His interest in cartooning was lifelong, albeit muted for a decade. As a kid, he had copied Bugs Bunny, Porky Pig, Donald Duck and other funny animal characters from comic books. "I got a great deal of satisfaction from cartooning, but I seldom drew the realistic characters that required a study of anatomy," he said.
As a youth, Clay had achieved a dubious national distribution with his cartoons. For a time during his stint at Western Electric, his job was nailing the tops on packing cases that contained selectors and connectors for telephone systems. "The work was slow, and I got into the habit of drawing cartoons on the cases to make the guys I worked with laugh," he said. "I got a kick out of the fact that Western Electric was distributing my gags all over the country without knowing it."
The emerging underground comix scene in San Francisco rekindled Clay's interest in cartooning, and he began promoting comix in articles for FREEP and other publications. When Ye Berkeley Comic Art Shoppe opened on Telegraph Avenue in the fall of 1972, Clay quickly made friends of the owners, John Barrett, Bud Plant, and Bob Beerbohm, and began clerking part time at the store. And when they engineered the "world's first underground comix convention" April 22-24, 1973 at U.C. in Berkeley, Clay worked in various minor roles and helped with promotion, placing articles about the con in local periodicals and, the week before the con, on the front page of San Francisco Chronicle-Examiner’s Sunday Pink Section.
The success of the con inspired Clay to other efforts in the realm of cartooning. He sold a three-day seminar on the Contemporary American Comic Book, which he taught at the U.C. extension in San Francisco in July 1974. The following January, he staged "Comics in America Day" at U.C. in Berkeley; and he organized and financed "Underground ’76" there, April 30-May 2, 1976.
"What happened behind the scenes?" Clay asked, rhetorically. "Many underground artists who had never met one another got together for the first time. Books came together. Friendships. Paul Mavrides met Gilbert Shelton as a result of one of my cons, and some years later, he was drawing the Freak Brothers. Rand Holmes met the Bay Area artists and publishers for the first time. The women cartoonists got together for the first time at the 1973 con. The idea for a women's panel was mine, not a woman's. I suggested it to Trina Robbins and got Shelby Sampson, Roberta Gregory, Joyce Farmer, and Lyn Chevli—all of whom were on my mailing list and learned about the con from me—to sit on the panel."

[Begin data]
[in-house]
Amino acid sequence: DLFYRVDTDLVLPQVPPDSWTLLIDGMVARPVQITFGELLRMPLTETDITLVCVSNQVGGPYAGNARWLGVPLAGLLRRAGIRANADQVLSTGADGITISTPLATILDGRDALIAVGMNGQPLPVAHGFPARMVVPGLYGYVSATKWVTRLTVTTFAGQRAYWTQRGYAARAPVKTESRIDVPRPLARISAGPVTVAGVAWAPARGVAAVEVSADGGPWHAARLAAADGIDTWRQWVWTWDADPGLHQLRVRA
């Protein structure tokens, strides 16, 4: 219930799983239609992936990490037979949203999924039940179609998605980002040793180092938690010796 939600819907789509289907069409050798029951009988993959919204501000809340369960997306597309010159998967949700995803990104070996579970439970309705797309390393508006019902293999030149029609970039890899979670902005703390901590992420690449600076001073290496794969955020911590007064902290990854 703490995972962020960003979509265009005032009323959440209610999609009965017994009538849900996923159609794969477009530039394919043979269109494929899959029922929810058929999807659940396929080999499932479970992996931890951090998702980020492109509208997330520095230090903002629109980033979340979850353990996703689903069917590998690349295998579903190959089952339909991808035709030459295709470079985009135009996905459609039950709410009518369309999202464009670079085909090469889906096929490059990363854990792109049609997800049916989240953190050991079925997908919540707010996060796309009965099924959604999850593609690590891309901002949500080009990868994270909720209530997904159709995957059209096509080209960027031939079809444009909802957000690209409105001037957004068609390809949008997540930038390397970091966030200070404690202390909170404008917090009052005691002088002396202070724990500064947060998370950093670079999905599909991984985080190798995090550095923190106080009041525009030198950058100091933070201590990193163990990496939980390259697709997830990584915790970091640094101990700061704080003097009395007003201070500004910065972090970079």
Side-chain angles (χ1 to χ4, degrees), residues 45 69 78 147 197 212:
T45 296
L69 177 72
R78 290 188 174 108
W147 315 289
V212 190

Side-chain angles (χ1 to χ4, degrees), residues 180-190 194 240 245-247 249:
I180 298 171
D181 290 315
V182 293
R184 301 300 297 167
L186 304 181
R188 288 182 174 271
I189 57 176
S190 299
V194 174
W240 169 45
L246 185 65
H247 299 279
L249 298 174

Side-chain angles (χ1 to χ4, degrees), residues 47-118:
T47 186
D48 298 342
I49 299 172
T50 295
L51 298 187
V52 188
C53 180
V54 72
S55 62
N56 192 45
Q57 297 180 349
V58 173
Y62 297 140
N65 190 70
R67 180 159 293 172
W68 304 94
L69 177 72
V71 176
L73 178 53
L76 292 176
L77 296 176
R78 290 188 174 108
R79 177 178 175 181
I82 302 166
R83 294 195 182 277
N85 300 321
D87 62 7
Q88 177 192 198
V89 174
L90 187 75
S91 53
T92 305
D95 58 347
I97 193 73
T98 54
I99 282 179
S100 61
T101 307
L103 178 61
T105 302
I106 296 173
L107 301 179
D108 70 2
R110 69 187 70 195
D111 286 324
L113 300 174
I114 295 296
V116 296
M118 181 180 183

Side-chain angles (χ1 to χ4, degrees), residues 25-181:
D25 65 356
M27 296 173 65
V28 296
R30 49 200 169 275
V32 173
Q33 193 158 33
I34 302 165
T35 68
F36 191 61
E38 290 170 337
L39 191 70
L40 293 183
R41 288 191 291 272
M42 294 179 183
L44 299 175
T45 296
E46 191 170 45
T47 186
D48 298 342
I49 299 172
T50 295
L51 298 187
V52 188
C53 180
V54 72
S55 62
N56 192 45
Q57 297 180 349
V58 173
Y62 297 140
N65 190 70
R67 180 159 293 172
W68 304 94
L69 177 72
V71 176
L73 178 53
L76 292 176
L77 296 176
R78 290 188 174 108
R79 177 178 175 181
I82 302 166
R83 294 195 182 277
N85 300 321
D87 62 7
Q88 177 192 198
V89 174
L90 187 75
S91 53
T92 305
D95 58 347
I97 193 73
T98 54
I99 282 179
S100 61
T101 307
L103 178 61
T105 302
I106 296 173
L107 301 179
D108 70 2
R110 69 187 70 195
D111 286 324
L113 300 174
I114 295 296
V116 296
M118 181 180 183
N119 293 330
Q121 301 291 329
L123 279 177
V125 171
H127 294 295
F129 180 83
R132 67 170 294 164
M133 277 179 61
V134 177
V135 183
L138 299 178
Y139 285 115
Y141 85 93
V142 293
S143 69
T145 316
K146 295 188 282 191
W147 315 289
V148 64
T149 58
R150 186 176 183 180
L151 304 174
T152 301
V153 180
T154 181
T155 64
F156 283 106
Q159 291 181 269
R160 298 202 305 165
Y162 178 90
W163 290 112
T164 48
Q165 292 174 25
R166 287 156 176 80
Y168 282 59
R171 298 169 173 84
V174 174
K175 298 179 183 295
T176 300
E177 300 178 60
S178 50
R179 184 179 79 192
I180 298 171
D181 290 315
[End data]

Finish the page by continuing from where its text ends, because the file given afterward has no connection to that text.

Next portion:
Another of Clay's efforts inspired by the success of the 1973 Con was his newsletter, Comix World. It is Comix World and the "Newave" of minicomics that Clay fostered with the newsletter that earns him a place in the history books.
The newsletter grew out of a series of articles Clay did for FREEP; in October 1973, he launched the first issue. And he kept it going for 22 years—sometimes weekly, occasionally monthly, most often every other week—a running commentary on comics as they happened, history on the fly. Subscriptions were $10 for 48 issues. He mailed the issues out once a month, two to an envelope. By 1980, it was being mailed to every state in the Union and fourteen countries, including Australia.
Ostensibly about underground comix, the newsletter was actually about a good deal more than that. It was Clay's forum. And it was an open forum—any subject that caught his eye or raised his ire might be discussed in its pages. Even regular newsstand comic books and comic strips. And movies. One issue was devoted entirely to coverage of the Hooker's Ball. In short, the whole world of cartooning and popular culture as viewed through the sometimes jaundiced vision of Clay Geerdes.